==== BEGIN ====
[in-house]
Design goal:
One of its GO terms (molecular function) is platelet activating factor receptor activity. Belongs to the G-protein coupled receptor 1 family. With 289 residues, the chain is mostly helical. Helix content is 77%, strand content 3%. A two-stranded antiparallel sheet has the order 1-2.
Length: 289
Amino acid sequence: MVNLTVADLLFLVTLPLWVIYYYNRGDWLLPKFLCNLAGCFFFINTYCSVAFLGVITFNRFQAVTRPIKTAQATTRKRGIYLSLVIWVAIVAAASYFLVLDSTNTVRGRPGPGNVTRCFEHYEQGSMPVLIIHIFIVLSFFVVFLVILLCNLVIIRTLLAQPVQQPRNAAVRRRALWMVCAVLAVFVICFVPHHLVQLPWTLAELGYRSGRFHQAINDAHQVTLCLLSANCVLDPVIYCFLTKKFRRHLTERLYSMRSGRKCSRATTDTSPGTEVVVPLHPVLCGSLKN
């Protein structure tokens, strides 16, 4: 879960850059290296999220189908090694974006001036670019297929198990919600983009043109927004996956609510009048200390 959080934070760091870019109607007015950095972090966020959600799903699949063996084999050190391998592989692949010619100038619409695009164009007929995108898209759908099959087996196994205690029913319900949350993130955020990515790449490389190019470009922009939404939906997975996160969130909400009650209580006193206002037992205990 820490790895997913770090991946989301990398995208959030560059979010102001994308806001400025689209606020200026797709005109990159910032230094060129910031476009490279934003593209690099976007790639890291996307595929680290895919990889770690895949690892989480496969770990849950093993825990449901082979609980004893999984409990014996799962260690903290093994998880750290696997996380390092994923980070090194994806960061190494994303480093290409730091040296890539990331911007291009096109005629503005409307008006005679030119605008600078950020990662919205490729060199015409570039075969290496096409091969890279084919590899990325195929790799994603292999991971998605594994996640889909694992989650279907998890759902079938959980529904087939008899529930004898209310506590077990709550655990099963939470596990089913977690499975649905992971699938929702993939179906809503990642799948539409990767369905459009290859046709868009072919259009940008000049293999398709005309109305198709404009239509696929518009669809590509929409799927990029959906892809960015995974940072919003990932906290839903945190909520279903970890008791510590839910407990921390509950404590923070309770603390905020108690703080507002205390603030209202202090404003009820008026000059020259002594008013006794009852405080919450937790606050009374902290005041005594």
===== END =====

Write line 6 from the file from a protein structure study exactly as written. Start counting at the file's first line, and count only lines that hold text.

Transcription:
């Protein structure tokens, strides 16, 4: 879960850059290296999220189908090694974006001036670019297929198990919600983009043109927004996956609510009048200390 959080934070760091870019109607007015950095972090966020959600799903699949063996084999050190391998592989692949010619100038619409695009164009007929995108898209759908099959087996196994205690029913319900949350993130955020990515790449490389190019470009922009939404939906997975996160969130909400009650209580006193206002037992205990 820490790895997913770090991946989301990398995208959030560059979010102001994308806001400025689209606020200026797709005109990159910032230094060129910031476009490279934003593209690099976007790639890291996307595929680290895919990889770690895949690892989480496969770990849950093993825990449901082979609980004893999984409990014996799962260690903290093994998880750290696997996380390092994923980070090194994806960061190494994303480093290409730091040296890539990331911007291009096109005629503005409307008006005679030119605008600078950020990662919205490729060199015409570039075969290496096409091969890279084919590899990325195929790799994603292999991971998605594994996640889909694992989650279907998890759902079938959980529904087939008899529930004898209310506590077990709550655990099963939470596990089913977690499975649905992971699938929702993939179906809503990642799948539409990767369905459009290859046709868009072919259009940008000049293999398709005309109305198709404009239509696929518009669809590509929409799927990029959906892809960015995974940072919003990932906290839903945190909520279903970890008791510590839910407990921390509950404590923070309770603390905020108690703080507002205390603030209202202090404003009820008026000059020259002594008013006794009852405080919450937790606050009374902290005041005594």